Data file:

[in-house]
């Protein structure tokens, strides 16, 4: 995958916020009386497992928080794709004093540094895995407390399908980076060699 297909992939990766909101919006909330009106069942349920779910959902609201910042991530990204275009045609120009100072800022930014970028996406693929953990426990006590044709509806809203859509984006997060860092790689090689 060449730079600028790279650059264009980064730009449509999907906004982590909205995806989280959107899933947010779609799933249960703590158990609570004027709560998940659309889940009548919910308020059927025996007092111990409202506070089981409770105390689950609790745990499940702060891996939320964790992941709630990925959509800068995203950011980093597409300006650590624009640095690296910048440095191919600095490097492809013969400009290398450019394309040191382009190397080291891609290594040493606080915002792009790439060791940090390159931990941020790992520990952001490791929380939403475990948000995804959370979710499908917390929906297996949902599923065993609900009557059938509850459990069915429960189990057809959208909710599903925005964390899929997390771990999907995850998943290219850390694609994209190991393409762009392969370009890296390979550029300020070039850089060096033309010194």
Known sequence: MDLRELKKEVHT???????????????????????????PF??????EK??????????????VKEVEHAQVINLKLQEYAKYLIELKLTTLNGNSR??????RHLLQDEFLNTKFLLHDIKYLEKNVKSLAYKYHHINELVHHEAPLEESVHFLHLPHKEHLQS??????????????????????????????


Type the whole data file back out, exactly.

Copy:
[in-house]
């Protein structure tokens, strides 16, 4: 995958916020009386497992928080794709004093540094895995407390399908980076060699 297909992939990766909101919006909330009106069942349920779910959902609201910042991530990204275009045609120009100072800022930014970028996406693929953990426990006590044709509806809203859509984006997060860092790689090689 060449730079600028790279650059264009980064730009449509999907906004982590909205995806989280959107899933947010779609799933249960703590158990609570004027709560998940659309889940009548919910308020059927025996007092111990409202506070089981409770105390689950609790745990499940702060891996939320964790992941709630990925959509800068995203950011980093597409300006650590624009640095690296910048440095191919600095490097492809013969400009290398450019394309040191382009190397080291891609290594040493606080915002792009790439060791940090390159931990941020790992520990952001490791929380939403475990948000995804959370979710499908917390929906297996949902599923065993609900009557059938509850459990069915429960189990057809959208909710599903925005964390899929997390771990999907995850998943290219850390694609994209190991393409762009392969370009890296390979550029300020070039850089060096033309010194």
Known sequence: MDLRELKKEVHT???????????????????????????PF??????EK??????????????VKEVEHAQVINLKLQEYAKYLIELKLTTLNGNSR??????RHLLQDEFLNTKFLLHDIKYLEKNVKSLAYKYHHINELVHHEAPLEESVHFLHLPHKEHLQS??????????????????????????????